Dept. of Veterans Affairs vows to house homeless vets in 30 days
TULSA, Okla. (KTUL) - Anthony Giabbai is good with his hands.
"I like to build things. Fix things," said Giabbai.
But lately, he hasn't been building or fixing much of anything.
"Everything happens for a reason. I'm still trying to find that reason," said Giabbai.
Out of work and living on the streets, it's not at all how he pictured his life would turn out.
"Not quite like this, no," said Giabbai.
Giabbai is one of dozens of homeless military vets in Tulsa.
A man who dreamed of serving his country as a young boy, now struggles to find a warm place to sleep at night.
"It's rough. That's the only word," said Giabbai.
In the next 30 days, the Department of Veterans Affairs is working to get as many vets like Giabba into homes.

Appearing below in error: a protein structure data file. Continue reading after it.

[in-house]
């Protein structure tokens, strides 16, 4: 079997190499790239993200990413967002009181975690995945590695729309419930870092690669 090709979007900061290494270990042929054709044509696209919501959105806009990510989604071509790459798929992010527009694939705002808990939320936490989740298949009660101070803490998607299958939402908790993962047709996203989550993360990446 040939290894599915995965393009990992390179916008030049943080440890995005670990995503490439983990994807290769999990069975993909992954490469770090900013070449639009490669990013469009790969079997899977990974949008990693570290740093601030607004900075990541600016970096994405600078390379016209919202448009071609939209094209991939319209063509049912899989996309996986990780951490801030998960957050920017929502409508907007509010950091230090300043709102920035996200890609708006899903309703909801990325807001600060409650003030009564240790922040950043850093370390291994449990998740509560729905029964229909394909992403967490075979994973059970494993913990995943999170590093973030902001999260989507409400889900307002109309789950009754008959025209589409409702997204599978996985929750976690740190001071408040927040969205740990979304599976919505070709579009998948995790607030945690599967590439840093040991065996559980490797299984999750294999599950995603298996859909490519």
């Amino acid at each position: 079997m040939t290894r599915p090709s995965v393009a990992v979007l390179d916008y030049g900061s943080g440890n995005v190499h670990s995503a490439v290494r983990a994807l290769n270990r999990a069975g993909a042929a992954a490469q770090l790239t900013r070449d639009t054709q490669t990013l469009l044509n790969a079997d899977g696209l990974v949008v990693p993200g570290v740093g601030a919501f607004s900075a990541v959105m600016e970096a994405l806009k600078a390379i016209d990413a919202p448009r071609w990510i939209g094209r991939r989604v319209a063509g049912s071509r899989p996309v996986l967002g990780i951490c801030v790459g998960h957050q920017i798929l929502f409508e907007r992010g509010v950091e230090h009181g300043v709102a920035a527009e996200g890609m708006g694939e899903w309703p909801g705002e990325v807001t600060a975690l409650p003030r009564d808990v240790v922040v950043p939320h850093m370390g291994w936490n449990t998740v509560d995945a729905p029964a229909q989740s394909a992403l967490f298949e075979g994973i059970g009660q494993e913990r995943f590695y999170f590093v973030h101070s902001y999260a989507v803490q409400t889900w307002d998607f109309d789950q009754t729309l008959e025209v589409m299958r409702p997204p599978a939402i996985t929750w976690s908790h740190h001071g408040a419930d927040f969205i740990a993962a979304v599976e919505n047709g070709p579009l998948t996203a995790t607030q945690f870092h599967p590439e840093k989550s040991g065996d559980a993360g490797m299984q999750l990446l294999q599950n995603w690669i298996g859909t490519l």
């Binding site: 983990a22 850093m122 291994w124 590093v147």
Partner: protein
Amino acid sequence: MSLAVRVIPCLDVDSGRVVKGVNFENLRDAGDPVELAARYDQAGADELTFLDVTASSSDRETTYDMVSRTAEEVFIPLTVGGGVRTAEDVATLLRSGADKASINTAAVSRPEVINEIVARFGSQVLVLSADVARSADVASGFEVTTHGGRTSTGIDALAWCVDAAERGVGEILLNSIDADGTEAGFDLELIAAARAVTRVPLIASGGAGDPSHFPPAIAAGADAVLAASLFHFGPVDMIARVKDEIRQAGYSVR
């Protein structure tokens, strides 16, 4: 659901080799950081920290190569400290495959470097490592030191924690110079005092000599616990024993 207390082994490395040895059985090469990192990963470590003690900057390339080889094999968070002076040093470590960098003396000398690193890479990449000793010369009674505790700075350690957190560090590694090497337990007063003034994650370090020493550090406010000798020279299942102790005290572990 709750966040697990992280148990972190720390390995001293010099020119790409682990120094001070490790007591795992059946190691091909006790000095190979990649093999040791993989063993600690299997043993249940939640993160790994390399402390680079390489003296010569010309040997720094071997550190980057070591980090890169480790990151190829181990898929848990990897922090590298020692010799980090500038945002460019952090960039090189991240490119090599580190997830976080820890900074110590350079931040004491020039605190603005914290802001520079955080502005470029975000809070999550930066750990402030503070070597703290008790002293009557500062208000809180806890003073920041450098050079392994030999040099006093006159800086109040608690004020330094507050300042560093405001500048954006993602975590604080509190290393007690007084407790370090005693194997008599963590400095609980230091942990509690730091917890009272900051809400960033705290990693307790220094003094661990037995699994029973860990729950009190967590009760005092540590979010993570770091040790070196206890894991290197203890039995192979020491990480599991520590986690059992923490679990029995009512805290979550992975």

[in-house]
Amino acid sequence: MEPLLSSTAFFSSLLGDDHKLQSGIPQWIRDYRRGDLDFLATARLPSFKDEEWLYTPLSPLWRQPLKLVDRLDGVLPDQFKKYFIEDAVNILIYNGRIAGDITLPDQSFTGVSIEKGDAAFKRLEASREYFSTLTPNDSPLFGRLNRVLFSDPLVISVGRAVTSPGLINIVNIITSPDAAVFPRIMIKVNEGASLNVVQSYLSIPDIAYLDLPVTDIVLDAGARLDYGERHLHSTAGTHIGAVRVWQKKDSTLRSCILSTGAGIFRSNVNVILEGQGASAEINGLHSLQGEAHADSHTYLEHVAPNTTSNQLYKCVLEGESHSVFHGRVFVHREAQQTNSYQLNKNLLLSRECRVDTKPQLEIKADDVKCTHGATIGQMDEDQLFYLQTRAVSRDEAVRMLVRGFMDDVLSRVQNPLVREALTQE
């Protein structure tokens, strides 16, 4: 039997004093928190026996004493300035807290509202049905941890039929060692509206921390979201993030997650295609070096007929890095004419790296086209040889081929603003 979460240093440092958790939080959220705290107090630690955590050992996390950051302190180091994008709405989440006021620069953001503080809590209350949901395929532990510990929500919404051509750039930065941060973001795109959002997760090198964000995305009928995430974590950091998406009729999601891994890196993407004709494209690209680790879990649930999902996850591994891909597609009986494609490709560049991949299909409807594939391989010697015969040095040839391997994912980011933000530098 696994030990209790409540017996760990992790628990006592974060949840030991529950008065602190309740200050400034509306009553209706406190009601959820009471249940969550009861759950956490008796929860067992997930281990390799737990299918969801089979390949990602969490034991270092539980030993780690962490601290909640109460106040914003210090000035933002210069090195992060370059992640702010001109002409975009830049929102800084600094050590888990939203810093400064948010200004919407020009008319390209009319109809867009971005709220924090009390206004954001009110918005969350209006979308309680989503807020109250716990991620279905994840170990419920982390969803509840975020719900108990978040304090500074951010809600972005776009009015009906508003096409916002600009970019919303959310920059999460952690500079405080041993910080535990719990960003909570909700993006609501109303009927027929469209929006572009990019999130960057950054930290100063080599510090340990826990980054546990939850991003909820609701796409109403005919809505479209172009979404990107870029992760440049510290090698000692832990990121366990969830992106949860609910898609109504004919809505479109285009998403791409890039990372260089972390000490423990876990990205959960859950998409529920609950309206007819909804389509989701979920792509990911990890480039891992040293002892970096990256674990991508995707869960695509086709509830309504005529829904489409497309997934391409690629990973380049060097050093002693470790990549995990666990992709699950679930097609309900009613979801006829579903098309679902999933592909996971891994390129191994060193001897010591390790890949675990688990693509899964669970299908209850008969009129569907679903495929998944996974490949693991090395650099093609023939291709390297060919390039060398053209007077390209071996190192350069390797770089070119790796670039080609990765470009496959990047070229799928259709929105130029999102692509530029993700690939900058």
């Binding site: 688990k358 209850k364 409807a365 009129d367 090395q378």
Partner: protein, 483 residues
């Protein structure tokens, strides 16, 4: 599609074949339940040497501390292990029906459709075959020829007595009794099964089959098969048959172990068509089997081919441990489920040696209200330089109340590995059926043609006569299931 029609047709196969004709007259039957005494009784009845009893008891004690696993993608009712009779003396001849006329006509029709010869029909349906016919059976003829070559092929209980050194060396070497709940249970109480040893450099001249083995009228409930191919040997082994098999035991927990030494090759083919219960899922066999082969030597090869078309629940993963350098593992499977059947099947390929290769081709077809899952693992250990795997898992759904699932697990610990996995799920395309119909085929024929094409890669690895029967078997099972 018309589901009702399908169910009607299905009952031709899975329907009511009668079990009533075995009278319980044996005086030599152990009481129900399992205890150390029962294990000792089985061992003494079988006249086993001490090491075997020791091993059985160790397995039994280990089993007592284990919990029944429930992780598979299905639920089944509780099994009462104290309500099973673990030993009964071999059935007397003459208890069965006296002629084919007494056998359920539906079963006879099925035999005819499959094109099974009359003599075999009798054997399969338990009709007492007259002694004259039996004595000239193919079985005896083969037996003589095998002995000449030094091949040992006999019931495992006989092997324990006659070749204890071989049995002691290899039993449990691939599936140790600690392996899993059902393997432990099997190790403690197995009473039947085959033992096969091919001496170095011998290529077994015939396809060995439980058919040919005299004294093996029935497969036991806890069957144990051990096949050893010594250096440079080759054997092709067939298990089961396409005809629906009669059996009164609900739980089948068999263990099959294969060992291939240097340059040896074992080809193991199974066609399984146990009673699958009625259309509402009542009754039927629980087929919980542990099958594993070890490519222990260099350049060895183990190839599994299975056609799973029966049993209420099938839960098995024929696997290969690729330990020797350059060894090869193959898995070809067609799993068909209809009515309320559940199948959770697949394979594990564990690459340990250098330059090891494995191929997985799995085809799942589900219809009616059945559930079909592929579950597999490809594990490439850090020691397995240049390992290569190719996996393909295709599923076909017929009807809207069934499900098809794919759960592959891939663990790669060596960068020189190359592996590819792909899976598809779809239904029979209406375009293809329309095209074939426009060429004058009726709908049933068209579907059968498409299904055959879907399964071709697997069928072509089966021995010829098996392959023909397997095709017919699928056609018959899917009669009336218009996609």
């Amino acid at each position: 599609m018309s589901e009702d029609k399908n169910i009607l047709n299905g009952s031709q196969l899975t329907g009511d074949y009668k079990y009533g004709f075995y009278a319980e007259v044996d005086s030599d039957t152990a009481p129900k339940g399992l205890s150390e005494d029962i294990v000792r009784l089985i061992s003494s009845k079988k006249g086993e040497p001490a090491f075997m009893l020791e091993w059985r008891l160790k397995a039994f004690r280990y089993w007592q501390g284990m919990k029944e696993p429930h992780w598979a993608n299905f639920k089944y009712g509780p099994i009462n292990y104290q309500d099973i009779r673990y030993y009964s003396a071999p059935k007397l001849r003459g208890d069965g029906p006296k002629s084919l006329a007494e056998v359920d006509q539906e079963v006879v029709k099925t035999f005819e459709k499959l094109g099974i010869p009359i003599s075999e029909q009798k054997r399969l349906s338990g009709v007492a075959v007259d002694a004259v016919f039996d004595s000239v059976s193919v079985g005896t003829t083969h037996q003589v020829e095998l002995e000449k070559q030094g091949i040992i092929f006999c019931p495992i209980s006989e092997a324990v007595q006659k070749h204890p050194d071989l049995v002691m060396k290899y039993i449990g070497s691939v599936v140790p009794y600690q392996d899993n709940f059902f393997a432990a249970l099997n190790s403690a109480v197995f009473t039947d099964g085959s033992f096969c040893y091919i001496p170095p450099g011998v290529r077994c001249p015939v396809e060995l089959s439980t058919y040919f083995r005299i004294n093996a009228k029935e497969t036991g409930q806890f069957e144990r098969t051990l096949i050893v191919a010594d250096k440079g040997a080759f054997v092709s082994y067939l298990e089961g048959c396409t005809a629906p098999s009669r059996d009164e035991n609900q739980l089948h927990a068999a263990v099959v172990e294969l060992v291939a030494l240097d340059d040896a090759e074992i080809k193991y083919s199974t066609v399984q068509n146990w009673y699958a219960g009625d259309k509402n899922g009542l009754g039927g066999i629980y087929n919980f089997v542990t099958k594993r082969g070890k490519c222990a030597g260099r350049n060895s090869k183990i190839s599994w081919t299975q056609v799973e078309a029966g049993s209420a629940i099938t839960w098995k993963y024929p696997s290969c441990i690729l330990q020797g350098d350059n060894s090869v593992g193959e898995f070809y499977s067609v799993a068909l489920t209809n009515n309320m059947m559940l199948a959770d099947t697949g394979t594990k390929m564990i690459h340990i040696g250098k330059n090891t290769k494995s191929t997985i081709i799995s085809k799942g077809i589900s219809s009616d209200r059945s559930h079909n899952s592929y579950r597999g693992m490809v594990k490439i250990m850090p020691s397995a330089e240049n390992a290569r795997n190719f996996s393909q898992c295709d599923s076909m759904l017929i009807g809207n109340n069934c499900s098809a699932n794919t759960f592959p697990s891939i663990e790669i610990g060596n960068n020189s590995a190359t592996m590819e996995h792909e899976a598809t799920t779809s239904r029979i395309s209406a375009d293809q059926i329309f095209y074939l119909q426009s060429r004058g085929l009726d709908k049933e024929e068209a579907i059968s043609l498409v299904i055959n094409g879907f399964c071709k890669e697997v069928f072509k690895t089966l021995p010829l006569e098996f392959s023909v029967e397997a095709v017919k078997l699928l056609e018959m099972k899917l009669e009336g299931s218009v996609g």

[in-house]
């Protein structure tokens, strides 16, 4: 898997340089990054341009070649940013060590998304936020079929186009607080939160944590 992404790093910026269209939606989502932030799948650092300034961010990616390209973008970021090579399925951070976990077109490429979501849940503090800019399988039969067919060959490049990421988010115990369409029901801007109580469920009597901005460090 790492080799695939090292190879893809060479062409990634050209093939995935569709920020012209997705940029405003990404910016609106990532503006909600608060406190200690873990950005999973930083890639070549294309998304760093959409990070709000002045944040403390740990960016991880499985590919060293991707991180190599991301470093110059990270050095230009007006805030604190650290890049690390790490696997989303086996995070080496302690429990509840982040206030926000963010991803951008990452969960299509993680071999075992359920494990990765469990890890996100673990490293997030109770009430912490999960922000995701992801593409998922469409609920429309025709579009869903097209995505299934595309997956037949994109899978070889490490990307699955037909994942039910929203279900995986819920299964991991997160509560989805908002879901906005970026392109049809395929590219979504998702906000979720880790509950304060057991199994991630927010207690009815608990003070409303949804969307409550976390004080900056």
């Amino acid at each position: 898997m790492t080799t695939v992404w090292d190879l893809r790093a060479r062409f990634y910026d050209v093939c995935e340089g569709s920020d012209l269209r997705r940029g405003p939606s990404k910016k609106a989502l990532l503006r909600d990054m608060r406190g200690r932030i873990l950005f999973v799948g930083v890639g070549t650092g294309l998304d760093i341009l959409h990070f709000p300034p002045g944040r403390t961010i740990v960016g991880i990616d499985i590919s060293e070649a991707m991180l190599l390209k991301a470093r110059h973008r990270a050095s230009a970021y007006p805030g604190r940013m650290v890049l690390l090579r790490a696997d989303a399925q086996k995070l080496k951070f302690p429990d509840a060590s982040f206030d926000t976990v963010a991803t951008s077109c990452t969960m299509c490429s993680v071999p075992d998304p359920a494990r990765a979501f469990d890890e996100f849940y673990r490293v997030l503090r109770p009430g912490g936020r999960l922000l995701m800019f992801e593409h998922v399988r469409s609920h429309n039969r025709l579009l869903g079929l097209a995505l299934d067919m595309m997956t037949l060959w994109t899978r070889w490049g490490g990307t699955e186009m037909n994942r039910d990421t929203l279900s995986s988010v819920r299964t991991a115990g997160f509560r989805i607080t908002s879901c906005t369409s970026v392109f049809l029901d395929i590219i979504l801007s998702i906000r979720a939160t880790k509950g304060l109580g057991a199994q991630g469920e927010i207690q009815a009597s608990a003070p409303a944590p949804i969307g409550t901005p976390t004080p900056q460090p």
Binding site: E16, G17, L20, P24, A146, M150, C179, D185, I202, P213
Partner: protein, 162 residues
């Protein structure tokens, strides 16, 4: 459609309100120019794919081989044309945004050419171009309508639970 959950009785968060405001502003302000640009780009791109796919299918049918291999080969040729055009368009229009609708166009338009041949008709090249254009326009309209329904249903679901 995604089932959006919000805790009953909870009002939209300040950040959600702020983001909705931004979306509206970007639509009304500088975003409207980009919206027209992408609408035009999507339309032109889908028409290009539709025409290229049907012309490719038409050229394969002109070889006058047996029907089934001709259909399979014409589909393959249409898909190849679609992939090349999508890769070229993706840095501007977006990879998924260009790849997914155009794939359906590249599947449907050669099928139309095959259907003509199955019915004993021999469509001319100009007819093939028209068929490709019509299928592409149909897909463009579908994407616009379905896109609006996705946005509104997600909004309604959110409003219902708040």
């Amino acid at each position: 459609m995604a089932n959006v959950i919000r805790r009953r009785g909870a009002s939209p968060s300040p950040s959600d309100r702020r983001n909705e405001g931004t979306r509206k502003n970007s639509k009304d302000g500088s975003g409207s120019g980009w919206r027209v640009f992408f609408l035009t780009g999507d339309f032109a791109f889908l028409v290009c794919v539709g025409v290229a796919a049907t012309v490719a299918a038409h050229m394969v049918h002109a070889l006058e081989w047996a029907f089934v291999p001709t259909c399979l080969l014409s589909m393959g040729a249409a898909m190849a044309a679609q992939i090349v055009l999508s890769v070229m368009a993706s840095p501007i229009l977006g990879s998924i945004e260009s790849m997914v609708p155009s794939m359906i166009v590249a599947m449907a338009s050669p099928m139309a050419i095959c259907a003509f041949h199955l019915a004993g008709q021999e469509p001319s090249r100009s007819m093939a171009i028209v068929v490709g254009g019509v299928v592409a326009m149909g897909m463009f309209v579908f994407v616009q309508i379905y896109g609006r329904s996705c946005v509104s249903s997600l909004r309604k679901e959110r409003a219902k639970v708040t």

It's something the Muskogee and Tulsa VAs know a little about.
According to their numbers, the number of homeless vets has gone down 10 percent since 2011.
David Partee is one of those vets.
"That was the darkest time in my life, where I had no hope. I had no reason for living," said Partee.
Like Giabba, the Gulf War vet never expected to end up living on the streets of Tulsa.
"It was a shock to me," said Partee. "Never having to go through that. Always being financially secure. Then to find myself being homeless."
Partee found the help he needed through the VA, and he hopes the new initiative will help the dozens of vets like Giabbai who still face the cold nights alone.
"You just have to make the effort to want to live again, and come out of those trenches," said Partee.
To learn more about services offered by the VA, click here.
To learn more about Zero Tulsa, a program dedicated to ending veteran homelessness, click here.